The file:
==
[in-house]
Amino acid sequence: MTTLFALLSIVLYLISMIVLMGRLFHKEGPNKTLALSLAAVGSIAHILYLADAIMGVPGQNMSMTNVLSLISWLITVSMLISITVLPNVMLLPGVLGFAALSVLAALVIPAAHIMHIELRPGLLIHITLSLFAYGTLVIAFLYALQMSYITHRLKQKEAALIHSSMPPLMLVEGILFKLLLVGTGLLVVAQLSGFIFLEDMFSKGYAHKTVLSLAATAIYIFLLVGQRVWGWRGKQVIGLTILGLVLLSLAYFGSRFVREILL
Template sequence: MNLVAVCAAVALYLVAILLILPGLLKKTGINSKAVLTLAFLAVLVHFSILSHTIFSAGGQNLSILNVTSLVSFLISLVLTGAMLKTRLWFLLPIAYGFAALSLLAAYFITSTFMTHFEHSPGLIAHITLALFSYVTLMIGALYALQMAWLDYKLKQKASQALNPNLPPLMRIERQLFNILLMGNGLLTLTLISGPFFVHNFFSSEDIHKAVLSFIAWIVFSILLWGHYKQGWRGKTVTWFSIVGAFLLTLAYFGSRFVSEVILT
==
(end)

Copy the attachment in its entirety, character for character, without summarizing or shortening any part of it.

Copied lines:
[in-house]
Amino acid sequence: MTTLFALLSIVLYLISMIVLMGRLFHKEGPNKTLALSLAAVGSIAHILYLADAIMGVPGQNMSMTNVLSLISWLITVSMLISITVLPNVMLLPGVLGFAALSVLAALVIPAAHIMHIELRPGLLIHITLSLFAYGTLVIAFLYALQMSYITHRLKQKEAALIHSSMPPLMLVEGILFKLLLVGTGLLVVAQLSGFIFLEDMFSKGYAHKTVLSLAATAIYIFLLVGQRVWGWRGKQVIGLTILGLVLLSLAYFGSRFVREILL
Template sequence: MNLVAVCAAVALYLVAILLILPGLLKKTGINSKAVLTLAFLAVLVHFSILSHTIFSAGGQNLSILNVTSLVSFLISLVLTGAMLKTRLWFLLPIAYGFAALSLLAAYFITSTFMTHFEHSPGLIAHITLALFSYVTLMIGALYALQMAWLDYKLKQKASQALNPNLPPLMRIERQLFNILLMGNGLLTLTLISGPFFVHNFFSSEDIHKAVLSFIAWIVFSILLWGHYKQGWRGKTVTWFSIVGAFLLTLAYFGSRFVSEVILT